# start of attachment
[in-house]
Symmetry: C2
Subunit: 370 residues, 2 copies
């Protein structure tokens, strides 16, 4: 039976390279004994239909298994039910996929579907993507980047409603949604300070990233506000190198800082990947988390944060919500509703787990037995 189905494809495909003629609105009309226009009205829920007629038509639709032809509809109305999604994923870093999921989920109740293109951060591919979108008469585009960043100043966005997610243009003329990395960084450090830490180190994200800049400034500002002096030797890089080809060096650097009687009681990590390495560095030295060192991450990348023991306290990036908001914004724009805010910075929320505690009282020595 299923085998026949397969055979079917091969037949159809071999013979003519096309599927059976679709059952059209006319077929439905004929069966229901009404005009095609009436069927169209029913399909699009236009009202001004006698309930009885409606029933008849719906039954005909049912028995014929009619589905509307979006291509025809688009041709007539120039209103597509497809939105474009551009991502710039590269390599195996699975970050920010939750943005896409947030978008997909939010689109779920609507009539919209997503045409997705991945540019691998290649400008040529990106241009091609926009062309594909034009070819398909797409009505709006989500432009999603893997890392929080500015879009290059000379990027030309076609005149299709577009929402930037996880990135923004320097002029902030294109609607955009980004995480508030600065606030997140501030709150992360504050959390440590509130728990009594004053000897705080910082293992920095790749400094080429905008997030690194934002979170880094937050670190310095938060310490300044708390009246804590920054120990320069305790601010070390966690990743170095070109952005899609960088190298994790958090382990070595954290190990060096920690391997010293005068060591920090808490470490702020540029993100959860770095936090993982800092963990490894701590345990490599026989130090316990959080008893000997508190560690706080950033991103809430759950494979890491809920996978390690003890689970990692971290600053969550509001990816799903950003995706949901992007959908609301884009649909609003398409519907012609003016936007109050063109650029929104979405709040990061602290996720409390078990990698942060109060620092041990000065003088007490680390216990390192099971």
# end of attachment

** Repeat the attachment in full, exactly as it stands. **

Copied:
[in-house]
Symmetry: C2
Subunit: 370 residues, 2 copies
């Protein structure tokens, strides 16, 4: 039976390279004994239909298994039910996929579907993507980047409603949604300070990233506000190198800082990947988390944060919500509703787990037995 189905494809495909003629609105009309226009009205829920007629038509639709032809509809109305999604994923870093999921989920109740293109951060591919979108008469585009960043100043966005997610243009003329990395960084450090830490180190994200800049400034500002002096030797890089080809060096650097009687009681990590390495560095030295060192991450990348023991306290990036908001914004724009805010910075929320505690009282020595 299923085998026949397969055979079917091969037949159809071999013979003519096309599927059976679709059952059209006319077929439905004929069966229901009404005009095609009436069927169209029913399909699009236009009202001004006698309930009885409606029933008849719906039954005909049912028995014929009619589905509307979006291509025809688009041709007539120039209103597509497809939105474009551009991502710039590269390599195996699975970050920010939750943005896409947030978008997909939010689109779920609507009539919209997503045409997705991945540019691998290649400008040529990106241009091609926009062309594909034009070819398909797409009505709006989500432009999603893997890392929080500015879009290059000379990027030309076609005149299709577009929402930037996880990135923004320097002029902030294109609607955009980004995480508030600065606030997140501030709150992360504050959390440590509130728990009594004053000897705080910082293992920095790749400094080429905008997030690194934002979170880094937050670190310095938060310490300044708390009246804590920054120990320069305790601010070390966690990743170095070109952005899609960088190298994790958090382990070595954290190990060096920690391997010293005068060591920090808490470490702020540029993100959860770095936090993982800092963990490894701590345990490599026989130090316990959080008893000997508190560690706080950033991103809430759950494979890491809920996978390690003890689970990692971290600053969550509001990816799903950003995706949901992007959908609301884009649909609003398409519907012609003016936007109050063109650029929104979405709040990061602290996720409390078990990698942060109060620092041990000065003088007490680390216990390192099971």